RoboCop Prime Directives: Meltdown
RoboCop Prime Directives: Meltdown 2001
It’s been a while since I watched the first episode of this four part miniseries that originally aired in Canada as the library only carried the first volume. But I’ve currently got a 1 month trial of Amazon Prime and all four episodes are on there so I thought it would be the perfect time to finish this series up. I didn’t remember a whole lot about the first episode but I remembered that I didn’t care for it enough to re-watch it so I just jumped right into this second episode. While the main storyline is nothing to write home about despite being much more violent than the earlier RoboCop sequels, the satirical news and commercial breaks mixed in really caught me in just the right way and made this a much more enjoyable movie because of them.
Aside from the news segments and the advertisements for TV movie of the week style trailers for movies about the actual events that are currently happening, there are plenty of other fun segments to give a comic relief break from the ultra serious plot of the film. Some of the best ones include an investigative journalism for a sleazy Giraldo Rivera style show on a channel called X-ploitationNet. It has a reporter sneaking into RoboCop’s maintenance lounge filled with Pop-Up Video style pop ups. They include a list of sleazy movies like “Naked for Scale III: Bikini Vengeance” and they tally up RoboCop’s property damage adjusted for inflation and also his kill count adjusted for inflation. There’s also a great commercial for a teddy bear with a television screen on its face called Otomo which actually connects to the main plot as there’s a young girl who happens to be carrying one of these bears. These segments really carried some of the best satire in the movie and helped break up the dull moments of the main plotline.
One of the most difficult things to get past which was also a problem with the first episode and will likely be a problem with the next two is that the actor playing RoboCop himself is so dull and lifeless. Page Fletcher really brings nothing to the role and isn’t given much to do except get electrocuted by a group of robokillers. Of course, later on one of the robokillers ends up being the mother of a random homeless girl that RoboCop finds in a back alley black market. They have stealth technology and other improvements like this odd cape that makes her run much faster. The worst moment involving this was near the end when she takes her daughter out of the firefight, grabs the cape and suddenly the effects turn into Benny Hill where they start running at double speed. Throughout the movie, RoboCop also isn’t much of a threat, he generally just takes beating after beating and barely manages to survive it. At one point there’s even a car chase between RoboCop and RoboCop 2.0 where they’re both in standard issue police cars. It’s just such an odd choice to have two cyborgs in a relatively mundane car chase.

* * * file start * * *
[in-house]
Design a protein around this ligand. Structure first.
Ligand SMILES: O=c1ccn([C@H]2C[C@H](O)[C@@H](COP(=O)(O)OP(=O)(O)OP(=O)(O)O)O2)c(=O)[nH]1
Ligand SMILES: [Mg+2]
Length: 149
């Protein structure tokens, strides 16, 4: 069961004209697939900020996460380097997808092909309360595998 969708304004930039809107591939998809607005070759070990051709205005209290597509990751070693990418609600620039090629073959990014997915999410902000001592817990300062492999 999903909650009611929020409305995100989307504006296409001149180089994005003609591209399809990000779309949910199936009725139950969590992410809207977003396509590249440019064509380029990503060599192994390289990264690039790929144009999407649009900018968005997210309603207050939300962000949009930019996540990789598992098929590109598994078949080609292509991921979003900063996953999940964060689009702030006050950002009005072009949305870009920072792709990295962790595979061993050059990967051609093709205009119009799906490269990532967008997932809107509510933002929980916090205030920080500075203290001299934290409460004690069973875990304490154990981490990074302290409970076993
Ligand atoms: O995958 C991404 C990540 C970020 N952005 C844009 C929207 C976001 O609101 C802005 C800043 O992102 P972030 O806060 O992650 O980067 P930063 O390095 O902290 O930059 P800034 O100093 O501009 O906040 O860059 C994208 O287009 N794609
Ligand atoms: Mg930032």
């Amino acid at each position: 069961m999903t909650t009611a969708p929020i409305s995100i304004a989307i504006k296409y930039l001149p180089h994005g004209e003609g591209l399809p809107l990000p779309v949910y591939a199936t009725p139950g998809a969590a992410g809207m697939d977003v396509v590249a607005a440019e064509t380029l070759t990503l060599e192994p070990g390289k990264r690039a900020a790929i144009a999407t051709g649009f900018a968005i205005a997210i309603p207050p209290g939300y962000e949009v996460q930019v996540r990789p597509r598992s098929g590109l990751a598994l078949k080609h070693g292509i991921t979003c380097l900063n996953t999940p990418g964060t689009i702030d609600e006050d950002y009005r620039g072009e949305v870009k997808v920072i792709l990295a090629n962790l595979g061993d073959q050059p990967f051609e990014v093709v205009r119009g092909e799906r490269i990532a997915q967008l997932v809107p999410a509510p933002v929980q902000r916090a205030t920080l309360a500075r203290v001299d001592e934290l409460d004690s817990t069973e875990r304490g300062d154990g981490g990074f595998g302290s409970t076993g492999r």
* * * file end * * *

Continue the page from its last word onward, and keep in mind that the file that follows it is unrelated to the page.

The plot in general revolves around this RoboCop 2.0 even though they never actually call him that or anything else really. He’s Murphy’s old partner who died in the first episode brought back in an upgraded RoboCop suit that looks nearly the same only darker. But they also add the extra wrinkle that the new RoboCop goes on a killing spree and looks enough like the original that it turns the public against the OG. There are some interesting moments like there’s a confrontation between a group of police officers and RoboCop where he hints that he’s not the guy they’re looking for and attacking him would be a mistake. One of the officers refuses to shoot, but then the rest do. But that moment is very quickly squashed by having the new RoboCop show up in a very anticlimactic reveal that it actually wasn’t the original doing any of the bad stuff. There’s another great/bad moment where RoboCop has to look for an escape because the new guy has two RoboCop guns and he only has the one so he’s obviously outgunned. He looks for an escape and jumps out the window, but the stunt guy flails his arms wildly which makes the escape look very awkward and ungraceful.
The storyline with John Cable becoming this second RoboCop and having a very similar character arc as RoboCop in the first movie, except for the fact that Cable was initially openly working for the villains. Murphy’s RoboCop was able to get through the Cable’s human side so by the end of the movie he is able to overcome his programming and the two walk side by side into the next episode. Meanwhile, Murphy’s son is on the inside working with the OCP corp and is one of the more interesting parts of the movie. But once again there’s the disappointing reveal that most of the audience had figured out long before when Murphy’s son discovers the RoboCop file and finally realizes that RoboCop is actually his father. To be continued… Until next time, this has been Bubbawheat for Flights, Tights, and Movie Nights.
Posted on October 3, 2019, in 00's movies and tagged film, movies, review, sequel, television. Bookmark the permalink. Leave a comment.
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